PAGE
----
The definitive history of World War II from the African American perspective, written by civil rights expert and Dartmouth history professor Matthew Delmont. Over one million Black men and women served in World War II. Black troops were at Normandy, IwoJima, and the Battle of the Bulge, serving in segregated units and performing unheralded but vital support jobs, only to be denied housing and educational opportunities on their return home. Without their crucial contributions to the war effort, the United States could not have won the war. And yet the stories of these Black veterans have long been ignored, cast aside in favor of the myth of the “Good War” fought by the “Greatest Generation.” Half American is American history as you’ve likely never read it before. In these pages are stories of Black heroes such as Thurgood Marshall, the chief lawyer for the NAACP, who investigated and publicized violence against Black troops and veterans; Benjamin O. Davis, Jr., leader of the Tuskegee Airmen, who was at the forefront of the years-long fight to open the Air Force to Black pilots; Ella Baker, the civil rights leader who advocated on the home front for Black soldiers, veterans, and their families; James Thompson, the 26-year-old whose letter to a newspaper laying bare the hypocrisy of fighting against fascism abroad when racism still reigned at home set in motion the Double Victory campaign; and poet Langston Hughes, who worked as a war correspondent for the Black press. Their bravery and patriotism in the face of unfathomable racism is both inspiring and galvanizing. In a time when the questions World War II raised regarding race and democracy in America remain troublingly relevant and still unanswered, this meticulously researched retelling makes for urgently necessary reading.
The Come Up: An Oral History of the Rise of Hip-Hop, Jonathan P. D. Abrams
The essential oral history of hip-hop, from its origins on the playgrounds of the Bronx to its reign as the most powerful force in pop culture-from the award-winning journalist behind All the Pieces Matter, the New York Times bestselling oral history ofThe Wire. The music that we would later know as hip-hop was born at a party in the Bronx in the summer of 1973. Now, fifty years later, it’s the most popular genre in America and its electric impact on contemporary music is likened to that of jazz on thefirst half of the twentieth century. And yet, despite its tremendous influence, the voices of many of hip-hop’s pioneers have never been thoroughly catalogued-and some are at risk of being lost forever. Now, in The Come Up, Jonathan Abrams offers the most comprehensive account so far of hip-hop’s rise, told in the voices of the people who made it happen. Abrams traces how the genre grew out of the resourcefulness of an overlooked population amid the decay of the South Bronx, and from there how it overflowed into the other boroughs and then across the nation-from parks onto vinyl, below to the Mason-Dixon line, to the West Coast through gangster rap and G-funk, and then across generations. In more than 300 interviews conducted over three years, Abrams hascaptured the stories of the DJs, label executives, producers, and artists who both witnessed and made the history of hip-hop. He has on record Grandmaster Caz detailing hip-hop’s infancy, Edward “Duke Bootee” Fletcher describing the origins of “The Message,” DMC narrating his introduction of hip-hop to the mainstream, Ice Cube recounting N.W.A’s breakthrough and breakup, Kool Moe Dee elaborating on his Grammys boycott, and many more key players. And he has conveyed with singular vividness the drive, the stakes, and the relentless creativity that ignited one of the greatest revolutions in modern music. The Come Up is an important contribution to the historical record and an exhilarating behind-the-scenes account of how hip-hop came to rule the world.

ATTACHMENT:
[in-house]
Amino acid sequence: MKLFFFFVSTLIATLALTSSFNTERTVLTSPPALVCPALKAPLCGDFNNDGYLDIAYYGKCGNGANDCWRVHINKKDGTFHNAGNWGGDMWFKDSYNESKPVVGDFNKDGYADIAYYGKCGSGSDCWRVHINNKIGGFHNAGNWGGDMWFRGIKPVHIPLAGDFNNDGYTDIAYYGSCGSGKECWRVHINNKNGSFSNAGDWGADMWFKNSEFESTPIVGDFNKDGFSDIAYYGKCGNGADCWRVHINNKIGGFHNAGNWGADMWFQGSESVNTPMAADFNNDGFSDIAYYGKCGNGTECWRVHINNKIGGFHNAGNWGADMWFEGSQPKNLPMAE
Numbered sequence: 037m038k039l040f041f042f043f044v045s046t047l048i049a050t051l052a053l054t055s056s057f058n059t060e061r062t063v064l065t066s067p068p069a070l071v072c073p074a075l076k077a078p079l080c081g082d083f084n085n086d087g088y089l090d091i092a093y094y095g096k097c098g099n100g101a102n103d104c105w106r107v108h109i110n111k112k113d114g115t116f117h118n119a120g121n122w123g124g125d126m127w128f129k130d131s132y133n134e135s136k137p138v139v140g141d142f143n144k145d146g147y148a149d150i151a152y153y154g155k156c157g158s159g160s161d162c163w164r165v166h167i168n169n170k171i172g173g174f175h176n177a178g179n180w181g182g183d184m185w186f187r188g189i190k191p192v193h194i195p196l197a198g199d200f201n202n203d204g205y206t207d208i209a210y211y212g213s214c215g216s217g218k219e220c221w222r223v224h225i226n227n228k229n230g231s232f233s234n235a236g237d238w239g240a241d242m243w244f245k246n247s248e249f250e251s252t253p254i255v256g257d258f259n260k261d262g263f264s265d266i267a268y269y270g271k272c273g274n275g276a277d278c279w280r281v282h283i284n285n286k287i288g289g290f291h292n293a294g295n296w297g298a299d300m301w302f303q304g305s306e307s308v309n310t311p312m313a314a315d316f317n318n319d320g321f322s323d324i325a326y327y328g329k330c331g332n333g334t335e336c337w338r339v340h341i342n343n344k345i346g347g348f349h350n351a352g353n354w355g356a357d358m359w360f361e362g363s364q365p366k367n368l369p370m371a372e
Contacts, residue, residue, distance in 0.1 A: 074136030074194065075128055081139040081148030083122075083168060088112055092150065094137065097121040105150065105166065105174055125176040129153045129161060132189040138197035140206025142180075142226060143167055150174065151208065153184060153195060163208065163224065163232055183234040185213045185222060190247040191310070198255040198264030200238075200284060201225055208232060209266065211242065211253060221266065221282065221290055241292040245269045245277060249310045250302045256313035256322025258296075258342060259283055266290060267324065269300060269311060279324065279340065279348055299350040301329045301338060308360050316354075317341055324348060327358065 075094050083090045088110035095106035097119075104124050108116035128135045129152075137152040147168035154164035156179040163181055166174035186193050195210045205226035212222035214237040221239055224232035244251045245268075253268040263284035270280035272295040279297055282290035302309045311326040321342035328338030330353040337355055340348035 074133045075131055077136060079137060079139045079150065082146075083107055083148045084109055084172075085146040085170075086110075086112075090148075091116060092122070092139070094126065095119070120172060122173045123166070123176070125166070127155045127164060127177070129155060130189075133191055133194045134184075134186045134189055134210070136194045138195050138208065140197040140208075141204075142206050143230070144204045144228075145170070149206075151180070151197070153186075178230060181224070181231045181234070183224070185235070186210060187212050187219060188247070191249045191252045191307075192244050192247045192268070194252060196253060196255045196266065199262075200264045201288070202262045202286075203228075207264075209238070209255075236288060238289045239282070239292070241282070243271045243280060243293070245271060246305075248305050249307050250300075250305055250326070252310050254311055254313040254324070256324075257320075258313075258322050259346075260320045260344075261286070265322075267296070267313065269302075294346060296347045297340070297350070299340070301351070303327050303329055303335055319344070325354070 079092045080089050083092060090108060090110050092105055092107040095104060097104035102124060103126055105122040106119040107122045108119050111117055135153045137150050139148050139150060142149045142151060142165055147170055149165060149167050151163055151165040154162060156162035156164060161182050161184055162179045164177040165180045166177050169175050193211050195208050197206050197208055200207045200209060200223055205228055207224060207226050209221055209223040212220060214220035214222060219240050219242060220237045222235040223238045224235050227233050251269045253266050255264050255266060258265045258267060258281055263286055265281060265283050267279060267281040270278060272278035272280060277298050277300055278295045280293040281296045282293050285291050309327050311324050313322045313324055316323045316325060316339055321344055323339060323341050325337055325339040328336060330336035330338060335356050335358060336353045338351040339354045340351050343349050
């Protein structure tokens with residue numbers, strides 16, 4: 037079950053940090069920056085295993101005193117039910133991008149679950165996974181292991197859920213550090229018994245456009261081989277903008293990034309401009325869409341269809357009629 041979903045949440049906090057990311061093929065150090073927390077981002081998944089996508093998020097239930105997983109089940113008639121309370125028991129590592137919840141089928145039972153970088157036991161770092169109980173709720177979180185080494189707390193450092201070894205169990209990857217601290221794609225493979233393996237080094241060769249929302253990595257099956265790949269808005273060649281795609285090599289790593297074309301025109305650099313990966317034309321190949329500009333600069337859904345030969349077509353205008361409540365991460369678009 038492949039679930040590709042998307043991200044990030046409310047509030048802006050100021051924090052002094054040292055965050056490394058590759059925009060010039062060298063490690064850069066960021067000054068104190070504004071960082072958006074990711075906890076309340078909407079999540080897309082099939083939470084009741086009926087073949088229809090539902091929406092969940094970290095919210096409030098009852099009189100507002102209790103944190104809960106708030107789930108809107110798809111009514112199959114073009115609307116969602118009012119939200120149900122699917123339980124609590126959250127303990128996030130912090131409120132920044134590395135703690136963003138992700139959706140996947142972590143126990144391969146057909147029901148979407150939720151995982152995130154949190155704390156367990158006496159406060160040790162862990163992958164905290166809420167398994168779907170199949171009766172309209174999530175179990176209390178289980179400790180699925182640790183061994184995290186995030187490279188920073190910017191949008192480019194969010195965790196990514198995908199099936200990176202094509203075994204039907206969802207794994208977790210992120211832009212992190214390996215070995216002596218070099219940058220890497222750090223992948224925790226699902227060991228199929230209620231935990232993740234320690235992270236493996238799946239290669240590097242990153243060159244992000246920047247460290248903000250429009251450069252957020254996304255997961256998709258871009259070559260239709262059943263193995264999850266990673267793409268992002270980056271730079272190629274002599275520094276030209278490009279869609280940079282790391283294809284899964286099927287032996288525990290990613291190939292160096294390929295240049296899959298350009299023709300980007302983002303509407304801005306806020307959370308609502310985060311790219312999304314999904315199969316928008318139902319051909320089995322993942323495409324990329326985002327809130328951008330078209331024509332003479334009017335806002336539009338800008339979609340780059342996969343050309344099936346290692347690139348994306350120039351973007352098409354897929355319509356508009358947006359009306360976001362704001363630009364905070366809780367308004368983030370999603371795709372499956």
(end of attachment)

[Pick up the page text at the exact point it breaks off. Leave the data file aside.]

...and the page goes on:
Blk art : The Audacious Legacy of Black Artists and Models in Western Art, by Zaria Ware
A fun and fact-filled introduction to the dismissed Black art masters and models who shook up the world. Quietly held within museum and private collections around the world are hundreds of faces of Black men and women, many of their stories unknown. Then, after hundreds of years of Black faces cast as only the subject of the white gaze, a small group of trailblazing Black American painters and sculptors reached national and international fame, setting the stage for the flourishing of Black art in the 1920s and beyond. Captivating and informative, BLK ART is an essential work that elevates a globally dismissed legacy to its proper place.